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katharina
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I think they are important enough and complex enough that people deserve an exposure to them that doesn't depend on their eleven-year-old brains.

I am not remotely musical at all, and I took music classes all through my education. There were things I learned in the college classes that I am grateful for that my brain just wasn't ready for when I was in junior high school.

That's why there should be alternative to going to college, but not change the nature of a university education. It isn't just that elementary education isn't adequate - it's that your brain is developed to learn differently and better in college than when you are ten.

So, if people don't want to go to college they shouldn't have to in order to get a job, but don't bowlderize what getting a university education means.

--

Looks like we agree, KQ.

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TomDavidson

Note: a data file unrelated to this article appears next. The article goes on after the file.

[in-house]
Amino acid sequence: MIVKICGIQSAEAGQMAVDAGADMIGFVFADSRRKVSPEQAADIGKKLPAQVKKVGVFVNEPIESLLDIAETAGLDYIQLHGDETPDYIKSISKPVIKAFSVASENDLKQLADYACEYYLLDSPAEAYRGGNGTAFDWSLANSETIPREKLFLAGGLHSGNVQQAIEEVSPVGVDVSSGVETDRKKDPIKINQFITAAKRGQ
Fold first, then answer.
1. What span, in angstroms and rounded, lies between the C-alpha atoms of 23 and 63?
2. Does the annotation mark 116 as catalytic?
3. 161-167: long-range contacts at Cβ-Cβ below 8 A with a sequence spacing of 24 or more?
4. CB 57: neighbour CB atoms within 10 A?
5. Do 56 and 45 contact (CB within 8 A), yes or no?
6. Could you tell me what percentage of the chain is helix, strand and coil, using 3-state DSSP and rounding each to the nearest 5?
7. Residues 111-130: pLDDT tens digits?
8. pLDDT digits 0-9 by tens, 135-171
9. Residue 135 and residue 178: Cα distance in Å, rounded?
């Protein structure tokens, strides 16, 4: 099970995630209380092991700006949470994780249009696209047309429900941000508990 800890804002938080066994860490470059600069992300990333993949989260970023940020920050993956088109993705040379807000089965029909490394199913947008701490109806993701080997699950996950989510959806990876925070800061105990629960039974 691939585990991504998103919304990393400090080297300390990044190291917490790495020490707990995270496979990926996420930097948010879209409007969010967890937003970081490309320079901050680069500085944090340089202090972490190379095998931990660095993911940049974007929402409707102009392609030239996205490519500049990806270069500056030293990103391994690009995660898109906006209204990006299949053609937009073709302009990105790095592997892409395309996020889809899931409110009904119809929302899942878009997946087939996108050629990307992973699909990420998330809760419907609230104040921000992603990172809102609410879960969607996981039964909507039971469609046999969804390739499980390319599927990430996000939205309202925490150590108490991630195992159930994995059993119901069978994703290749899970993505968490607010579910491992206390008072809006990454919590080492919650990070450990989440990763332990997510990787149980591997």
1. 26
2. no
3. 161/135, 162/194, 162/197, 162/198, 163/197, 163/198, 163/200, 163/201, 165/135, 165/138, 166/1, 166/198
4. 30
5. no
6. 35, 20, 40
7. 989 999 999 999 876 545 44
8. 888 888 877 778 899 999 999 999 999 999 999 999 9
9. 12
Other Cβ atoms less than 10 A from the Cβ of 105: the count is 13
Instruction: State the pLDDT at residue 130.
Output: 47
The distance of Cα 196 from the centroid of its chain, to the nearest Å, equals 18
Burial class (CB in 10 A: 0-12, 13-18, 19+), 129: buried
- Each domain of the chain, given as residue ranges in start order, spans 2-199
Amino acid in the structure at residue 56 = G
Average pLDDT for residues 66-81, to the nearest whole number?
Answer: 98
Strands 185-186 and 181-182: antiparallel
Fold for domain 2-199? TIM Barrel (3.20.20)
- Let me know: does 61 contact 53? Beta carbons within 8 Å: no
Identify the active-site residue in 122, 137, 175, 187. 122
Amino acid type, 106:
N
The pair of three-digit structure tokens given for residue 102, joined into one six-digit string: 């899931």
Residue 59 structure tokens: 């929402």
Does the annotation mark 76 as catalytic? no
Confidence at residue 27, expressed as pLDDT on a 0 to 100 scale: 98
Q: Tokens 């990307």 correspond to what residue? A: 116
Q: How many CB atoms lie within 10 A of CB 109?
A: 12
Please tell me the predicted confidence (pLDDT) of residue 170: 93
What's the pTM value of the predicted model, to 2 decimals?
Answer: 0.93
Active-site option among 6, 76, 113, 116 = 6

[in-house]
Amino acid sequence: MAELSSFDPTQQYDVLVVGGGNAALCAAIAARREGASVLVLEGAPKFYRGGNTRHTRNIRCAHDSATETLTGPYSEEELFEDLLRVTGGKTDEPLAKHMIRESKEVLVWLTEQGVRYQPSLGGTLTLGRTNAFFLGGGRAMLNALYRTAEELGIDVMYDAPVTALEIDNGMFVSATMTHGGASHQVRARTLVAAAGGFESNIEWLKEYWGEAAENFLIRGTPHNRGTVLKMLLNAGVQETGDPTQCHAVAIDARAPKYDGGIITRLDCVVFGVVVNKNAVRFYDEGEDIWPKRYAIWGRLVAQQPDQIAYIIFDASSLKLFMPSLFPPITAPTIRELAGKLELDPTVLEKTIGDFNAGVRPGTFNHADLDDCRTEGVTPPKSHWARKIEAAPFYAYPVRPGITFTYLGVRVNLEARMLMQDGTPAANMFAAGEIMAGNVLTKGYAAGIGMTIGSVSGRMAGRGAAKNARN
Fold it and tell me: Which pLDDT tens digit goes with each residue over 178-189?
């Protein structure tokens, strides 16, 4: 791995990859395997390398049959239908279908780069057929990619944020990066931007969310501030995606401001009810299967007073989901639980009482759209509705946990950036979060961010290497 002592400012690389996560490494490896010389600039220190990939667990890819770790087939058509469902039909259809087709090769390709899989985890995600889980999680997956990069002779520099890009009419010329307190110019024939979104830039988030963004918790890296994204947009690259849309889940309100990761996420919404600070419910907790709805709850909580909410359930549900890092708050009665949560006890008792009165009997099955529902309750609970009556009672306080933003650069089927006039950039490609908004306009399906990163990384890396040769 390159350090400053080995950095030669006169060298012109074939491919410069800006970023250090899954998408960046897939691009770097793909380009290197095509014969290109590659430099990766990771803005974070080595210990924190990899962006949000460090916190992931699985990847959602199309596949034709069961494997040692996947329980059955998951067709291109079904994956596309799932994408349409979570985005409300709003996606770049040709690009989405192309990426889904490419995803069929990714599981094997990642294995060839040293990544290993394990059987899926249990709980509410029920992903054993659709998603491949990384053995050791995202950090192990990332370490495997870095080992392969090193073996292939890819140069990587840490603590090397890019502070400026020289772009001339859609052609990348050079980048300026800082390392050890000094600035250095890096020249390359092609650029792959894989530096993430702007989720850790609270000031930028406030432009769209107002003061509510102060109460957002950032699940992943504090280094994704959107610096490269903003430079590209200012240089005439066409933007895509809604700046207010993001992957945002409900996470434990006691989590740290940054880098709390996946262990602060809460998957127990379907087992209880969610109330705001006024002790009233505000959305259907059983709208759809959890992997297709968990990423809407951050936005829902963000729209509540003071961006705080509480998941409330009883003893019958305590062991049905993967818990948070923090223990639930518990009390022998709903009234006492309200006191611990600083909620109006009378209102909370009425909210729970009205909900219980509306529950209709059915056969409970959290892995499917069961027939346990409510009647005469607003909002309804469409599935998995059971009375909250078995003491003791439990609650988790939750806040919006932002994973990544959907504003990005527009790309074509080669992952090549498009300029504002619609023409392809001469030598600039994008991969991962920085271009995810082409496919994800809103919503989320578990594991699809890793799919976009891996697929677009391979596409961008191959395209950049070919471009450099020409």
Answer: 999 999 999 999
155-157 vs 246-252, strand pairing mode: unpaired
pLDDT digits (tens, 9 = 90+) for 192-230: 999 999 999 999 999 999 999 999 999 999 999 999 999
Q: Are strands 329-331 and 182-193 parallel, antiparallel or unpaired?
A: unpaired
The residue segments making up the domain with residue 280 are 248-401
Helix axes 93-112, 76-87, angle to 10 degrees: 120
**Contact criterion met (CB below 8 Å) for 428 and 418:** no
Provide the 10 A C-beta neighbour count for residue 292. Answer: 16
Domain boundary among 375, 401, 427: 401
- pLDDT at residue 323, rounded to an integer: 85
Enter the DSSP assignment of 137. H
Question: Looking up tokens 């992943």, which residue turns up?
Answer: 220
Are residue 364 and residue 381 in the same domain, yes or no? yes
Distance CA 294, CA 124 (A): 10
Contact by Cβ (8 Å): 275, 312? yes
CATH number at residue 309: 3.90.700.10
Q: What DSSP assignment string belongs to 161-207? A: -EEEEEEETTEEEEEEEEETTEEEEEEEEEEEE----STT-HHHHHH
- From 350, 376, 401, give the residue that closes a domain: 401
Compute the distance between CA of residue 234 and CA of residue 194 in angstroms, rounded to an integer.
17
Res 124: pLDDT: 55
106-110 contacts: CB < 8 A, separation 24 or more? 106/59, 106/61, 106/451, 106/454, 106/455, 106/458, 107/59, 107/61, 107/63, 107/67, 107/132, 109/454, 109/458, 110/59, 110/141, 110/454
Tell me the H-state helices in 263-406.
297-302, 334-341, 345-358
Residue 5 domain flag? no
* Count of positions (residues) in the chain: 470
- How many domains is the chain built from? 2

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quote:
I think they are important enough and complex enough that people deserve an exposure to them that doesn't depend on their eleven-year-old brains.
I'm not comfortable mandating the things I think people deserve.
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katharina
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Sure you are. You think that kids, especially, deserve a warm, dry place to live where there are fed regularly and don't get beat up, and they deserve access to education which teaches them the basics their culture thinks they think to know. You think that people in general deserve all sorts of rights, including the ones listed on the Bill of Rights and a bunch of others added. You think people deserve all sorts of things.
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TomDavidson
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quote:
You think that kids, especially, deserve a warm, dry place to live where there are fed regularly and don't get beat up, and they deserve access to education which teaches them the basics their culture thinks they think to know.
No. I think they need those things to become functional adult members of society; I don't merely think they deserve them. I think people deserve lots of things.

In the same way, I think people deserve the opportunity to learn to appreciate classical music. I don't think people need to have that opportunity, however, to be good, useful people.

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PSI Teleport